Because a Perry County woman relinquished her three neglected horses to a local rescue organization, she cannot be ordered to pay restitution based on the animal cruelty statute, the Indiana Court of Appeals ruled Friday. But the general restitution statute supports the trial court order Julie Bickford pay nearly $700 in restitution.
A Perry County Sheriff’s deputy believed three horses on Bickford’s property were neglected, so he, a veterinarian and members of Horse Rescue South went to the property. The horses were examined and found to be ill and malnourished. Bickford voluntarily transferred the animals to the rescue organization.
Two of the horses later died and one was adopted. HRS incurred $691.82 in costs for the care of the animals. After Bickford pleaded guilty to three counts of Class A misdemeanor cruelty to an animal, the trial court ordered her to reimburse that amount to HRS as restitution.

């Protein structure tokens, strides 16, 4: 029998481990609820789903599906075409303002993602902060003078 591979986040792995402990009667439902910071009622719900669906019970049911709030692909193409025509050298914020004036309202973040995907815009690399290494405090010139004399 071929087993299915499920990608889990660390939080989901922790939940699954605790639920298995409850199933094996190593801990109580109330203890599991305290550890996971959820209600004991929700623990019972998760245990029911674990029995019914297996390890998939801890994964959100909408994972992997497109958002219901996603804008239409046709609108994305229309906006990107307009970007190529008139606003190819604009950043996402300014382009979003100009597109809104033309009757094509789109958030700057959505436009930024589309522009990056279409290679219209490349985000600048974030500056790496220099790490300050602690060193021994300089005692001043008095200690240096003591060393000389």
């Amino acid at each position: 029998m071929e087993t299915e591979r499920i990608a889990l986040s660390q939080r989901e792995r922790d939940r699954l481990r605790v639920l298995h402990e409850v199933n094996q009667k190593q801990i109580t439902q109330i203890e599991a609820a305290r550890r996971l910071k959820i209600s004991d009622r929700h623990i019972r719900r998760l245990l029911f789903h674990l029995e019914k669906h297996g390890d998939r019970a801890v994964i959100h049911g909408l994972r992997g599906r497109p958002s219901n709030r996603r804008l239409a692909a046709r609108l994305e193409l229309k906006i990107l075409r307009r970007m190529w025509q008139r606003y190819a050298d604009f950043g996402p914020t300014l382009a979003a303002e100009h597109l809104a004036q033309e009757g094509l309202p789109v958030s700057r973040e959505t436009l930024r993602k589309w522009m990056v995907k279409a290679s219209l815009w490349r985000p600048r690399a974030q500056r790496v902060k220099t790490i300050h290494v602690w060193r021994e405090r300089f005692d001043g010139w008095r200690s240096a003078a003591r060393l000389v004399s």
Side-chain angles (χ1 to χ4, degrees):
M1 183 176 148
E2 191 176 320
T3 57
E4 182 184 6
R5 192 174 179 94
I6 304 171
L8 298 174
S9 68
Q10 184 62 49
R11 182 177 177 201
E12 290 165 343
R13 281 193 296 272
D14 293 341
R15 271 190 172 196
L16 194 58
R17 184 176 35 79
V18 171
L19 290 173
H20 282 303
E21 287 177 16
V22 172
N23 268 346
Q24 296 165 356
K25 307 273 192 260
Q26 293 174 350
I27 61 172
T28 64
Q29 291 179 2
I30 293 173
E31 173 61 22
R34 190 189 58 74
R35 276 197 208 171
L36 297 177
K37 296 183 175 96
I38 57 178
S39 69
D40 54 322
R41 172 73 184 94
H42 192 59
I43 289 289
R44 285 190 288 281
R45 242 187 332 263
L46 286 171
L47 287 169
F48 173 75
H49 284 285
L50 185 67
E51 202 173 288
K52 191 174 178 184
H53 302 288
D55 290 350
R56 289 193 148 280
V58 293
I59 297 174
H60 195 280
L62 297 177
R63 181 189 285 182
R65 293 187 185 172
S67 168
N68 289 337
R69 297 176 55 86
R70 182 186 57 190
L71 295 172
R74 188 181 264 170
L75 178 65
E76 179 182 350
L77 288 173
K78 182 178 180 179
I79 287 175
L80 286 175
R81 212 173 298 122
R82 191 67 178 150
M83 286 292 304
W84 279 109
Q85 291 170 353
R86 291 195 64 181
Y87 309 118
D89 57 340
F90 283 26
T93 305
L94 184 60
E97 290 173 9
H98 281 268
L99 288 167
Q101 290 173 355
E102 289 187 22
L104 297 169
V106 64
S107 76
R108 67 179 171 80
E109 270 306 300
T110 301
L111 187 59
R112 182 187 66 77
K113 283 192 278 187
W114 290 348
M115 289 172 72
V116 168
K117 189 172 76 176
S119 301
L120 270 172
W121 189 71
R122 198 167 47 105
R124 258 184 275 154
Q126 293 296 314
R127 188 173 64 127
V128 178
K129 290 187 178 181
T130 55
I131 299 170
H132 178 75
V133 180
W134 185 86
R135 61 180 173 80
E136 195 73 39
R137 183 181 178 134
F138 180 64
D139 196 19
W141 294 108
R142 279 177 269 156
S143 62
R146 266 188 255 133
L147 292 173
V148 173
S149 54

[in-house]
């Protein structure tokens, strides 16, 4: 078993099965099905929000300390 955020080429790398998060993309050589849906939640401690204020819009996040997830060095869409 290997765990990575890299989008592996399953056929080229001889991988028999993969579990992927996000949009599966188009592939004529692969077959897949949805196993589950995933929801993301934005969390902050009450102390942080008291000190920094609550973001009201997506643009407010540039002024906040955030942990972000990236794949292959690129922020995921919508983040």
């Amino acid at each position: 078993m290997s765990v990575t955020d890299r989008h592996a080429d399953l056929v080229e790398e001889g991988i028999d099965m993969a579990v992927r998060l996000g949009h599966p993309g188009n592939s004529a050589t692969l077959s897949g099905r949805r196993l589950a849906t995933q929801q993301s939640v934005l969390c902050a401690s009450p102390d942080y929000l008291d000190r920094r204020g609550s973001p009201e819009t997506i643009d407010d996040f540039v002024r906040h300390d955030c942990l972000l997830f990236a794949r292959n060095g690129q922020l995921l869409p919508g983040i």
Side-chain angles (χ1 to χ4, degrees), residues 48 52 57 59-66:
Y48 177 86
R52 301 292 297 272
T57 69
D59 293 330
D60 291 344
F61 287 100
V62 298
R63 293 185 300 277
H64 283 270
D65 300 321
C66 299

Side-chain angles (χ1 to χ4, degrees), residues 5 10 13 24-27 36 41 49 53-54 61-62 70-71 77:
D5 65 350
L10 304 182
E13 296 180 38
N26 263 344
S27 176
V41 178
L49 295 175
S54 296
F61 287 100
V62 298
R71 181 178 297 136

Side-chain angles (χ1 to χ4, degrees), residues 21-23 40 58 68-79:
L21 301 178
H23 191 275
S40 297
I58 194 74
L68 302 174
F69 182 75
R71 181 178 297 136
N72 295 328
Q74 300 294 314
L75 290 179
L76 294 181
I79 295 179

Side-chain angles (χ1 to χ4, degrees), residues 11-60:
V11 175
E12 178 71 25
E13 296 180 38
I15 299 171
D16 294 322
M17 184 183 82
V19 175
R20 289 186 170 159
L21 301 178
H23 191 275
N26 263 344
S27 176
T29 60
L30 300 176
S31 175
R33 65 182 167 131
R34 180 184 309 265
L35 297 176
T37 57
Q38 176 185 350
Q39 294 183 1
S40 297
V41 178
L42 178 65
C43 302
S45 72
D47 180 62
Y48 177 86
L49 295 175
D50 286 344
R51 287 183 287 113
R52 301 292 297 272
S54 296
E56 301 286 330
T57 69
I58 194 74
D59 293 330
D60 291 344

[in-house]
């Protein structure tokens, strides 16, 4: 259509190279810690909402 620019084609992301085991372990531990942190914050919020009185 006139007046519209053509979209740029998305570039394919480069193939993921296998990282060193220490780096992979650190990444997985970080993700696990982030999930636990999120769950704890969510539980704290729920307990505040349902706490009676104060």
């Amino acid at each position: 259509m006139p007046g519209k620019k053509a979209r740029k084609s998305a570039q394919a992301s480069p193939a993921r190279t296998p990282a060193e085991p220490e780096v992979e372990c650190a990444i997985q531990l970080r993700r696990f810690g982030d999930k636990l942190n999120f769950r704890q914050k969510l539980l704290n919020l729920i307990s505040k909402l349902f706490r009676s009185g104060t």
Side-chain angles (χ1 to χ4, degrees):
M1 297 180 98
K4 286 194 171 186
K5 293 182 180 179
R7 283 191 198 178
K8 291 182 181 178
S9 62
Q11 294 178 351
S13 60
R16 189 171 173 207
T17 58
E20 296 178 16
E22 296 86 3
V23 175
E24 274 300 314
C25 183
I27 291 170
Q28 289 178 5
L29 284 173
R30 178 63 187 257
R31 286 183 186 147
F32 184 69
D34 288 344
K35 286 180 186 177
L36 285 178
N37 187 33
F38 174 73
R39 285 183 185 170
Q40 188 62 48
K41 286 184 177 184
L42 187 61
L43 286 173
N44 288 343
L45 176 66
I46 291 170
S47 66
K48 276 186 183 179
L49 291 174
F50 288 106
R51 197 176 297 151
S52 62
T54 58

Under the animal cruelty statute, Bickford can’t be ordered to pay the restitution because she voluntarily relinquished the animals to the rescue organization, Judge L. Mark Bailey wrote. The statute allows for reimbursement if an animal is impounded, which did not occur in this case.
But restitution to HRS was proper under the general restitution statute, the COA ruled. HRS can be considered a victim as contemplated by the statute. The organization would not have incurred those costs if Bickford had not been neglectful toward the animals.
The case is Julie Bickford v. State of Indiana, 62A01-1409-CR-389.